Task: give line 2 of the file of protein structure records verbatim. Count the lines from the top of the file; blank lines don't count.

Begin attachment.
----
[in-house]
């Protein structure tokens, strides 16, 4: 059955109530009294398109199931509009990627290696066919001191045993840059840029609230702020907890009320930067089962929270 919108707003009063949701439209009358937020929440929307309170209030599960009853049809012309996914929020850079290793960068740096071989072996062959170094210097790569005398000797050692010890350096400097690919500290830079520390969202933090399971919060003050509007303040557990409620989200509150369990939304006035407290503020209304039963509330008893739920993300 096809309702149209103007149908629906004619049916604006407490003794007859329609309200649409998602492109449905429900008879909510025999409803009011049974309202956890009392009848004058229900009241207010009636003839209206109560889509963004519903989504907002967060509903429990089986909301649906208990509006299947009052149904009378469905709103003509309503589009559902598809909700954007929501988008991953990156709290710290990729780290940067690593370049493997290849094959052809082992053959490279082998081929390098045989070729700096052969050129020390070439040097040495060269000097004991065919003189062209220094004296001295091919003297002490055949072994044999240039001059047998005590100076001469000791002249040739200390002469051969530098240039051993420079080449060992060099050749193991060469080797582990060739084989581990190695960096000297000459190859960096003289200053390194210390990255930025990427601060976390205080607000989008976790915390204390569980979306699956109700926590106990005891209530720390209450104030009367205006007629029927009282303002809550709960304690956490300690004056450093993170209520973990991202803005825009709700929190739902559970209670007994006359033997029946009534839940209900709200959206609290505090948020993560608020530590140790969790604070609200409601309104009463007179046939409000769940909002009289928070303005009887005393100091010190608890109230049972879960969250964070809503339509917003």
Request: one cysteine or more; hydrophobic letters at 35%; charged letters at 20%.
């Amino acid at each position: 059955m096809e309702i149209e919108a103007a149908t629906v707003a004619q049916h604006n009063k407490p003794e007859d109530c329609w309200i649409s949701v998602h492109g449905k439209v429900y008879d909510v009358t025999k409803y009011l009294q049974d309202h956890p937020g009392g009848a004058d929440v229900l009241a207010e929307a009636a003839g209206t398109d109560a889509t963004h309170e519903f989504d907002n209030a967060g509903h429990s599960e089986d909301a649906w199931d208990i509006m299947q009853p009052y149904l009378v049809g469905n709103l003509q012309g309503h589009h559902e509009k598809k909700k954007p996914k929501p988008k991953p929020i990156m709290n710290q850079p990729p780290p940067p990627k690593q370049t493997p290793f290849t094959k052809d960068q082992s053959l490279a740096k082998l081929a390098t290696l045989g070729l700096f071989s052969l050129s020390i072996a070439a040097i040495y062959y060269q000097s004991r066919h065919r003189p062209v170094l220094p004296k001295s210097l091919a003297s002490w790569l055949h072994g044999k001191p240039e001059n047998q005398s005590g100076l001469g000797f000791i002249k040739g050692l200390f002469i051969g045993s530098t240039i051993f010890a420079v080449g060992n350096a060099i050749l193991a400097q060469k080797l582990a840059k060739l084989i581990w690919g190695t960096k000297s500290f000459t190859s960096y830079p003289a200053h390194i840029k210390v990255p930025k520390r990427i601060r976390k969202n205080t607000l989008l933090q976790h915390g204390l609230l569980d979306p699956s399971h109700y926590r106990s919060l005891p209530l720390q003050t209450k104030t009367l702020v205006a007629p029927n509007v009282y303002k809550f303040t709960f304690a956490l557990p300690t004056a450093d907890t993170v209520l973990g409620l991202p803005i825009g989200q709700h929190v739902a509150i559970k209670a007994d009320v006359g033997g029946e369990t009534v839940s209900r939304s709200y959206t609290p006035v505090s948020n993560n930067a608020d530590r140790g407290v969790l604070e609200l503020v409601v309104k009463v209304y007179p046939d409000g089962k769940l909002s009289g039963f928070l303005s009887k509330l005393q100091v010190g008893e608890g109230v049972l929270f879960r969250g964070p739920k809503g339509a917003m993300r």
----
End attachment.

């Protein structure tokens, strides 16, 4: 059955109530009294398109199931509009990627290696066919001191045993840059840029609230702020907890009320930067089962929270 919108707003009063949701439209009358937020929440929307309170209030599960009853049809012309996914929020850079290793960068740096071989072996062959170094210097790569005398000797050692010890350096400097690919500290830079520390969202933090399971919060003050509007303040557990409620989200509150369990939304006035407290503020209304039963509330008893739920993300 096809309702149209103007149908629906004619049916604006407490003794007859329609309200649409998602492109449905429900008879909510025999409803009011049974309202956890009392009848004058229900009241207010009636003839209206109560889509963004519903989504907002967060509903429990089986909301649906208990509006299947009052149904009378469905709103003509309503589009559902598809909700954007929501988008991953990156709290710290990729780290940067690593370049493997290849094959052809082992053959490279082998081929390098045989070729700096052969050129020390070439040097040495060269000097004991065919003189062209220094004296001295091919003297002490055949072994044999240039001059047998005590100076001469000791002249040739200390002469051969530098240039051993420079080449060992060099050749193991060469080797582990060739084989581990190695960096000297000459190859960096003289200053390194210390990255930025990427601060976390205080607000989008976790915390204390569980979306699956109700926590106990005891209530720390209450104030009367205006007629029927009282303002809550709960304690956490300690004056450093993170209520973990991202803005825009709700929190739902559970209670007994006359033997029946009534839940209900709200959206609290505090948020993560608020530590140790969790604070609200409601309104009463007179046939409000769940909002009289928070303005009887005393100091010190608890109230049972879960969250964070809503339509917003």